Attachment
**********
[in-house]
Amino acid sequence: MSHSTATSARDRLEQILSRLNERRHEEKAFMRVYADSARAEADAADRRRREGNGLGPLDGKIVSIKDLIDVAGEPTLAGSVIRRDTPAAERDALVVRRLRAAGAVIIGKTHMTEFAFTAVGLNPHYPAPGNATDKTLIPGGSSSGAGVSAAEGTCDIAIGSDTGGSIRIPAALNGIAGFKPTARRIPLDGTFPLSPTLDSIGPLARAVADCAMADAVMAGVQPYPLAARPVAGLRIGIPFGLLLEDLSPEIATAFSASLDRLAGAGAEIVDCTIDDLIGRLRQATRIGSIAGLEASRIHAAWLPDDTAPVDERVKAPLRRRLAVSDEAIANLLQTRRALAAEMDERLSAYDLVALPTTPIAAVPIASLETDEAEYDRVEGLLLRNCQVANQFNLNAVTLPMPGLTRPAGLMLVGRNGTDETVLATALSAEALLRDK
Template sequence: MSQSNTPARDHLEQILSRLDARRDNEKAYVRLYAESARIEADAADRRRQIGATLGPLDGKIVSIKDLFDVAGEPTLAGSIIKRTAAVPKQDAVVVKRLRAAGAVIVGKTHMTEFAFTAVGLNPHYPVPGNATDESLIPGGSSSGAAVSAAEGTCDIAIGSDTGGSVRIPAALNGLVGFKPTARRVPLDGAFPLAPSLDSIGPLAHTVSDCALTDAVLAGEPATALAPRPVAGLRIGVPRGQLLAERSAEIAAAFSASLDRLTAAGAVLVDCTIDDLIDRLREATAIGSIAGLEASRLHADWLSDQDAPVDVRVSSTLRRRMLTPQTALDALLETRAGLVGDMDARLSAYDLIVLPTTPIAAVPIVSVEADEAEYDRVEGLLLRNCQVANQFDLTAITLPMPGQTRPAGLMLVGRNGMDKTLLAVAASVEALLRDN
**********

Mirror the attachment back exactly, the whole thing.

[in-house]
Amino acid sequence: MSHSTATSARDRLEQILSRLNERRHEEKAFMRVYADSARAEADAADRRRREGNGLGPLDGKIVSIKDLIDVAGEPTLAGSVIRRDTPAAERDALVVRRLRAAGAVIIGKTHMTEFAFTAVGLNPHYPAPGNATDKTLIPGGSSSGAGVSAAEGTCDIAIGSDTGGSIRIPAALNGIAGFKPTARRIPLDGTFPLSPTLDSIGPLARAVADCAMADAVMAGVQPYPLAARPVAGLRIGIPFGLLLEDLSPEIATAFSASLDRLAGAGAEIVDCTIDDLIGRLRQATRIGSIAGLEASRIHAAWLPDDTAPVDERVKAPLRRRLAVSDEAIANLLQTRRALAAEMDERLSAYDLVALPTTPIAAVPIASLETDEAEYDRVEGLLLRNCQVANQFNLNAVTLPMPGLTRPAGLMLVGRNGTDETVLATALSAEALLRDK
Template sequence: MSQSNTPARDHLEQILSRLDARRDNEKAYVRLYAESARIEADAADRRRQIGATLGPLDGKIVSIKDLFDVAGEPTLAGSIIKRTAAVPKQDAVVVKRLRAAGAVIVGKTHMTEFAFTAVGLNPHYPVPGNATDESLIPGGSSSGAAVSAAEGTCDIAIGSDTGGSVRIPAALNGLVGFKPTARRVPLDGAFPLAPSLDSIGPLAHTVSDCALTDAVLAGEPATALAPRPVAGLRIGVPRGQLLAERSAEIAAAFSASLDRLTAAGAVLVDCTIDDLIDRLREATAIGSIAGLEASRLHADWLSDQDAPVDVRVSSTLRRRMLTPQTALDALLETRAGLVGDMDARLSAYDLIVLPTTPIAAVPIVSVEADEAEYDRVEGLLLRNCQVANQFDLTAITLPMPGQTRPAGLMLVGRNGMDKTLLAVAASVEALLRDN